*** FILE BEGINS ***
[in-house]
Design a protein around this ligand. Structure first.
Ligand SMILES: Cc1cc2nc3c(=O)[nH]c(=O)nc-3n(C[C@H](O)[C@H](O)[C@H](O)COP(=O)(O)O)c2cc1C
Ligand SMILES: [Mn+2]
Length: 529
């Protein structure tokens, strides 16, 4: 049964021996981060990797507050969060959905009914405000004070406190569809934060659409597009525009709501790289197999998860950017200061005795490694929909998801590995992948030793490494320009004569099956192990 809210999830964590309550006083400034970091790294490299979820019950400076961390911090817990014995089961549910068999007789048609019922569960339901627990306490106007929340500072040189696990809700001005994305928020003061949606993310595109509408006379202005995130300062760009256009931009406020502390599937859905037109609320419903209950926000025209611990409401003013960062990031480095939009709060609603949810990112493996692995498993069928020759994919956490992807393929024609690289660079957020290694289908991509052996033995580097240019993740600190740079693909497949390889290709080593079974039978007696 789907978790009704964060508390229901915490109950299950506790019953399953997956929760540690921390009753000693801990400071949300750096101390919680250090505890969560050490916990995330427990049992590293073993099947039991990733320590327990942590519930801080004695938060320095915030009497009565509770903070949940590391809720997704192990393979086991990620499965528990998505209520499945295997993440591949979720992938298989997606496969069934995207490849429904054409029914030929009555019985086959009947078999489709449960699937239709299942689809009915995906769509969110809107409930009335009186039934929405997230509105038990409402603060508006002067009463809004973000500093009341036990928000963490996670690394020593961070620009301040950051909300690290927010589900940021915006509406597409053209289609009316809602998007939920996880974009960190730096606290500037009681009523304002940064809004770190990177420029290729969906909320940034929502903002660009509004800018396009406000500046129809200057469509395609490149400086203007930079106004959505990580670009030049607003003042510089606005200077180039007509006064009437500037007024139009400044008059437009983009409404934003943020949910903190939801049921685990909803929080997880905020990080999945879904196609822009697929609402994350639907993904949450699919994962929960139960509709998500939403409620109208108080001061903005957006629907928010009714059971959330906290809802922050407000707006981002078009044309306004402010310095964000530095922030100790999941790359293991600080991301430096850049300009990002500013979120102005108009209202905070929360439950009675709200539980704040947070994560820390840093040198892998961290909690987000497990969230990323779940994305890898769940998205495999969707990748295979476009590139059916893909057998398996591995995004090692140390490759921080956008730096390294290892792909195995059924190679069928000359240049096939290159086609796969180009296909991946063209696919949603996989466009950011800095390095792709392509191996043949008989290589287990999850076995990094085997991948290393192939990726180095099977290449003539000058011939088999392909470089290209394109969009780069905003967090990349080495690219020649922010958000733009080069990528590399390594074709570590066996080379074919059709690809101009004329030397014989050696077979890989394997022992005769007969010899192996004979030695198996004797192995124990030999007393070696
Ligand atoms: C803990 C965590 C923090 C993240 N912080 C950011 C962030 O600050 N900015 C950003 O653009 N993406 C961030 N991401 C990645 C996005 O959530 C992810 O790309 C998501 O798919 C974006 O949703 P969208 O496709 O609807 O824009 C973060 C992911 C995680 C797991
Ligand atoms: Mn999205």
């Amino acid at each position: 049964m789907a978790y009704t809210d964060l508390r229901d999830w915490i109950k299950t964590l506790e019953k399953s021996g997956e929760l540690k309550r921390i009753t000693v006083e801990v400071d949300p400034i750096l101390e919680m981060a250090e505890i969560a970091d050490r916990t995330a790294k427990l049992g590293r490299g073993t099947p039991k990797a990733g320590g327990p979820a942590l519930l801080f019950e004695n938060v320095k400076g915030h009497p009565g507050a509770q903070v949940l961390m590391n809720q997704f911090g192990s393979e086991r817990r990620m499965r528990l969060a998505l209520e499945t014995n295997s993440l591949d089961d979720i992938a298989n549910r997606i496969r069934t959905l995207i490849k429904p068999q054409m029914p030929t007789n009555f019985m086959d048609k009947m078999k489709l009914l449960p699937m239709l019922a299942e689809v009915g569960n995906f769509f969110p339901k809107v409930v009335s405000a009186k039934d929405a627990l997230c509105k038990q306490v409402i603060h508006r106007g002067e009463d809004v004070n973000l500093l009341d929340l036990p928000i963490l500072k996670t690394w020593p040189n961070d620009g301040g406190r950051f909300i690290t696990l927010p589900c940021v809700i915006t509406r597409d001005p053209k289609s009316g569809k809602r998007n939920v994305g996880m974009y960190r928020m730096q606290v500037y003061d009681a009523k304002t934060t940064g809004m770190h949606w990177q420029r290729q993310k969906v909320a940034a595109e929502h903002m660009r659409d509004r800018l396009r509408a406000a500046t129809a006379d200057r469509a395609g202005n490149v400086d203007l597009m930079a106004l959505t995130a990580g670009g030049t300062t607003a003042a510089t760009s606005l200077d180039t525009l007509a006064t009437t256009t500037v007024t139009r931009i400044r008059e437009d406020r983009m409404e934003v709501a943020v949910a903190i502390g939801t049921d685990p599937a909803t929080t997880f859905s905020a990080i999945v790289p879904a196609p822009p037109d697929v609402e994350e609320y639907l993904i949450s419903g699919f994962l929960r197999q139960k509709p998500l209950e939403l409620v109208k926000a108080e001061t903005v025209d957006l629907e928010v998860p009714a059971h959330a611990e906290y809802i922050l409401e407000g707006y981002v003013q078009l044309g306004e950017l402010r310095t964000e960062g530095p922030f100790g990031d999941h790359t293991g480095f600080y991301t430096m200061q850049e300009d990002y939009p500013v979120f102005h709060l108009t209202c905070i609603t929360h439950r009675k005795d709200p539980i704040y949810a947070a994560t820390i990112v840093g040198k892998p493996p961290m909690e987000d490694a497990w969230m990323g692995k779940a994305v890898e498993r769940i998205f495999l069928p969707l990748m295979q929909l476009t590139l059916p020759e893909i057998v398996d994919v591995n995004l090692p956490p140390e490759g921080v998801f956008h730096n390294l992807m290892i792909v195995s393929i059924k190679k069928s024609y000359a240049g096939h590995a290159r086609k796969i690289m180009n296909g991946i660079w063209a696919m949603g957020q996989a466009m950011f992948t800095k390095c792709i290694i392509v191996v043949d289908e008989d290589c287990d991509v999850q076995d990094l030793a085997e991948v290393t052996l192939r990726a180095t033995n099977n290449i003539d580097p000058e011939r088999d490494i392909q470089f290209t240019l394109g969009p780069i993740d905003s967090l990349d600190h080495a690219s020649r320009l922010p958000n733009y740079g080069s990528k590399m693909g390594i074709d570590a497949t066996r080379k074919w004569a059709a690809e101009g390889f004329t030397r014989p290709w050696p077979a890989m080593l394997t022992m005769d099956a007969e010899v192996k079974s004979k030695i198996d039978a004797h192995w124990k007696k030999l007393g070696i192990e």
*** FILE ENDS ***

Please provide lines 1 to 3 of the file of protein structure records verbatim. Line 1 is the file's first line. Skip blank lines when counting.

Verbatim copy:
[in-house]
Design a protein around this ligand. Structure first.
Ligand SMILES: Cc1cc2nc3c(=O)[nH]c(=O)nc-3n(C[C@H](O)[C@H](O)[C@H](O)COP(=O)(O)O)c2cc1C